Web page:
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Jewish World Review
August 12, 2005
/7 Meanachem-Av, 5765
On condemning terrorism
Differences between Jews and Muslims
When Muslim extremists murder innocents in cold blood, there is often a politically-correct reluctance to call the killers terrorists, or to denounce them unequivocally. But there was no such reluctance last week when an Israeli Jew, Eden Natan Zada, opened fire inside the bus he was riding through the Arab town of Shfaram in northern Israel. Zada, 19, was active in the outlawed extremist Kach movement, and had deserted his army unit to protest Israel's withdrawal from the Gaza Strip. His rampage left four Arabs dead Michel Bahus, 56; Nader Hayak, 55; Hazar Turki, 23, and her sister Dina, 21 and another 12 wounded.
Zada was immediately labeled a terrorist and widely condemned. "A reprehensible act by a bloodthirsty Jewish terrorist," one Middle Eastern leader called the massacre. Another said he was "deeply shocked and distressed by the murder of innocent people." From a senior cleric came a statement expressing "disgust and severe condemnation at the despicable act . . . . a murder that is impossible to forgive."
Israel and its supporters complain with reason that Arab terrorism against Jews is too often shrugged off or excused by Arab and Muslim leaders, or that a murderous attack will be condemned in English for international consumption, while the government-run local media extols the killers in Arabic. But when the terrorists themselves are Jews admittedly a rare event do Israel's defenders live up to the standard they expect of others? How many of the statements quoted above, for example, would leading Israelis have been willing to make?
All of them.
It was Prime Minister Ariel Sharon who described Zada as a "bloodthirsty Jewish terrorist" and Shimon Peres, the vice prime minister, who referred to the attack as "the murder of innocent people." The cleric who pronounced Zada's "despicable act . . . impossible to forgive" was Rabbi Shlomo Amar, the Sephardic chief rabbi of Israel. And headlines in all the country's major newspapers bluntly labeled Zada a terrorist.
Equally harsh was the judgment of the Yesha Council, the organization of Jewish settlements in Gaza and the West Bank. Though passionately opposed to the Gaza evacuation, it denounced Zada as "a terrorist, a lunatic, and immoral." The chairman of the council added: "Murder is murder is murder, and there can be no other response but to denounce it completely and express revulsion." Especially noteworthy were the words of Rabbi Menachem Froman of the West Bank settlement of Tekoa, who spoke at the funeral of two of the Arab victims. "We the Jewish people in the land of Israel share in the pain and suffering" of the mourners, he declared. "All people who believe in G-d . . . express their outrage at such an act."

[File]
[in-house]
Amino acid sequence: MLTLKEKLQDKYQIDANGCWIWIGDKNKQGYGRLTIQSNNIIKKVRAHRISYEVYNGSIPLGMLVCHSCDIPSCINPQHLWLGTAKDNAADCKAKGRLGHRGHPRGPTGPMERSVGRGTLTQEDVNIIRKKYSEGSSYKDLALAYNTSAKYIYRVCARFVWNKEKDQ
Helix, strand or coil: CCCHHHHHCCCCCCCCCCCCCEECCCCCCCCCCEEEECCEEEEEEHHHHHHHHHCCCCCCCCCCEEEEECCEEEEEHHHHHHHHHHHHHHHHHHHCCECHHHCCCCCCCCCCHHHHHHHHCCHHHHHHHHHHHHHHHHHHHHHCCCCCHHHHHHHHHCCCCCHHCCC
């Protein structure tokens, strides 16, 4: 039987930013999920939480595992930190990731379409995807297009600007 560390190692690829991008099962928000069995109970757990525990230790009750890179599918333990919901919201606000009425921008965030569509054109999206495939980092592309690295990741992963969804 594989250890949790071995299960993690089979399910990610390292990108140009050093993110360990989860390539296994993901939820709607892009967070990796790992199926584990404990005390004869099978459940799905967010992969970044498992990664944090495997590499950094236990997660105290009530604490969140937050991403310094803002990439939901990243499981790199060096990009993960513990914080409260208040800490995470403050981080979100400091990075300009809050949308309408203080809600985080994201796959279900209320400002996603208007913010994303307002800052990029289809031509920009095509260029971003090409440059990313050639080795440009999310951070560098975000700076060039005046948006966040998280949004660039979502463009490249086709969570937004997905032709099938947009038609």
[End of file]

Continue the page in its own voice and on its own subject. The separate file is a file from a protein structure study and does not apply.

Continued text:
Indeed, so horrified were Israelis by Zada's bloody crime that, as the newspaper Ha'aretz reported on Sunday, "No cemetery will accept Jewish terrorist's body." (Zada was lynched by Shfaram residents in the wake of his attack.) The defense minister banned an interment in any military cemetery, saying Zada was "not worthy of being buried next to fallen soldiers." Neither his hometown of Rishon Letzion nor Tapuah, the settlement to which he had recently moved, wanted his grave to be within their borders.
The denunciations weren't limited to Israel. Among American Jews, too, the repudiation of the Israeli terrorist was swift and unsparing.
The Conference of Presidents of Major American Jewish Organizations issued a statement almost as soon as the news broke: "We unequivocally condemn today's attack. . . . Such acts must be denounced by all responsible leaders."
The American Jewish Committee "condemned in the harshest language" the slaughter in Shfaram, while the Zionist Organization of America called it "a terrorist act which we condemn unreservedly." The Anti-Defamation League said it was "horrified" by Zada's "unspeakable act," and the Simon Wiesenthal Center pronounced it "nothing less than a shameful act of terror that should be universally condemned."
Speaking for more than 900 Reform Jewish congregations nationwide, Rabbi David Sapirstein of the Religious Action Center in Washington deplored the massacre, calling it "a betrayal of the dream of Israel as a pluralistic nation and an attack" on its fundamental values. In Boston, the Rabbinical Assembly of Conservative Judaism assailed the killings as "a desecration of G-d's Name" and prayed that "never again will a Jew so wantonly spill blood."
The reaction of the Orthodox leadership was equally fervent. Agudath Israel of America said it was "tragic" that any Jew could adopt "the methods and madness of the enemies of the Jews." The Orthodox Union declared: "Acts of violence in the name of Zionism and/or Judaism must be eradicated from the midst of the Jewish people."
All of these statements and this is far from a complete listing were made within a day or two of the atrocity in Shfaram. Without having to be prompted, without making excuses, Jewish communities instinctively reacted to Zada's monstrous deed with disgust and outrage, all the more angrily because the perpetrator was a fellow Jew. When that is the way every community responds to terrorism, terrorism will come to an end.
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